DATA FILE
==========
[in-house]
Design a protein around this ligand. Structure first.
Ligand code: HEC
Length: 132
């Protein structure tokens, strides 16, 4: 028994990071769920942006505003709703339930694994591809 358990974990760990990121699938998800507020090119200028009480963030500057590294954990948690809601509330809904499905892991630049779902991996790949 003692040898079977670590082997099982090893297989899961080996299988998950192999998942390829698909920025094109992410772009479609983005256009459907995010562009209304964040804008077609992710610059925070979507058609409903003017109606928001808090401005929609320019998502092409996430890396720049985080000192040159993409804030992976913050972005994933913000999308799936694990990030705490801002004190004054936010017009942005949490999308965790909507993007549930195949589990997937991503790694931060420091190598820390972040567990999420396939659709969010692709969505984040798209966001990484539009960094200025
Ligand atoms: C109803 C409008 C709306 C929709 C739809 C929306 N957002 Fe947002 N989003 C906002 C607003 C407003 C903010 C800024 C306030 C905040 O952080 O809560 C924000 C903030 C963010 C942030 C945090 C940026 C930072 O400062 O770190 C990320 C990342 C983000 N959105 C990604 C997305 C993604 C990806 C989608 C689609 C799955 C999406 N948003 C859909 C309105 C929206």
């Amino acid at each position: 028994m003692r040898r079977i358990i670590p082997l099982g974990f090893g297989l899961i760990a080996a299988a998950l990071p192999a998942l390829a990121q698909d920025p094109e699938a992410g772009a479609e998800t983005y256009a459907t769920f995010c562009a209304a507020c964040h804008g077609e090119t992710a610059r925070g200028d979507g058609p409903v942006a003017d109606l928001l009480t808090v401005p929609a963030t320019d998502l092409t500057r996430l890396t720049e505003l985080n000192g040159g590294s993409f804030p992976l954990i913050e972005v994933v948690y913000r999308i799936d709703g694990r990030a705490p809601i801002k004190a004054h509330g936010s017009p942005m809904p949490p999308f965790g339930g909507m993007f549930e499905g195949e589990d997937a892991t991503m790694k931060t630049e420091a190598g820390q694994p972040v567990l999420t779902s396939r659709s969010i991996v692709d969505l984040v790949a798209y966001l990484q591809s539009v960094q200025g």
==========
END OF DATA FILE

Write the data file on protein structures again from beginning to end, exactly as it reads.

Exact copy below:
[in-house]
Design a protein around this ligand. Structure first.
Ligand code: HEC
Length: 132
């Protein structure tokens, strides 16, 4: 028994990071769920942006505003709703339930694994591809 358990974990760990990121699938998800507020090119200028009480963030500057590294954990948690809601509330809904499905892991630049779902991996790949 003692040898079977670590082997099982090893297989899961080996299988998950192999998942390829698909920025094109992410772009479609983005256009459907995010562009209304964040804008077609992710610059925070979507058609409903003017109606928001808090401005929609320019998502092409996430890396720049985080000192040159993409804030992976913050972005994933913000999308799936694990990030705490801002004190004054936010017009942005949490999308965790909507993007549930195949589990997937991503790694931060420091190598820390972040567990999420396939659709969010692709969505984040798209966001990484539009960094200025
Ligand atoms: C109803 C409008 C709306 C929709 C739809 C929306 N957002 Fe947002 N989003 C906002 C607003 C407003 C903010 C800024 C306030 C905040 O952080 O809560 C924000 C903030 C963010 C942030 C945090 C940026 C930072 O400062 O770190 C990320 C990342 C983000 N959105 C990604 C997305 C993604 C990806 C989608 C689609 C799955 C999406 N948003 C859909 C309105 C929206």
């Amino acid at each position: 028994m003692r040898r079977i358990i670590p082997l099982g974990f090893g297989l899961i760990a080996a299988a998950l990071p192999a998942l390829a990121q698909d920025p094109e699938a992410g772009a479609e998800t983005y256009a459907t769920f995010c562009a209304a507020c964040h804008g077609e090119t992710a610059r925070g200028d979507g058609p409903v942006a003017d109606l928001l009480t808090v401005p929609a963030t320019d998502l092409t500057r996430l890396t720049e505003l985080n000192g040159g590294s993409f804030p992976l954990i913050e972005v994933v948690y913000r999308i799936d709703g694990r990030a705490p809601i801002k004190a004054h509330g936010s017009p942005m809904p949490p999308f965790g339930g909507m993007f549930e499905g195949e589990d997937a892991t991503m790694k931060t630049e420091a190598g820390q694994p972040v567990l999420t779902s396939r659709s969010i991996v692709d969505l984040v790949a798209y966001l990484q591809s539009v960094q200025g």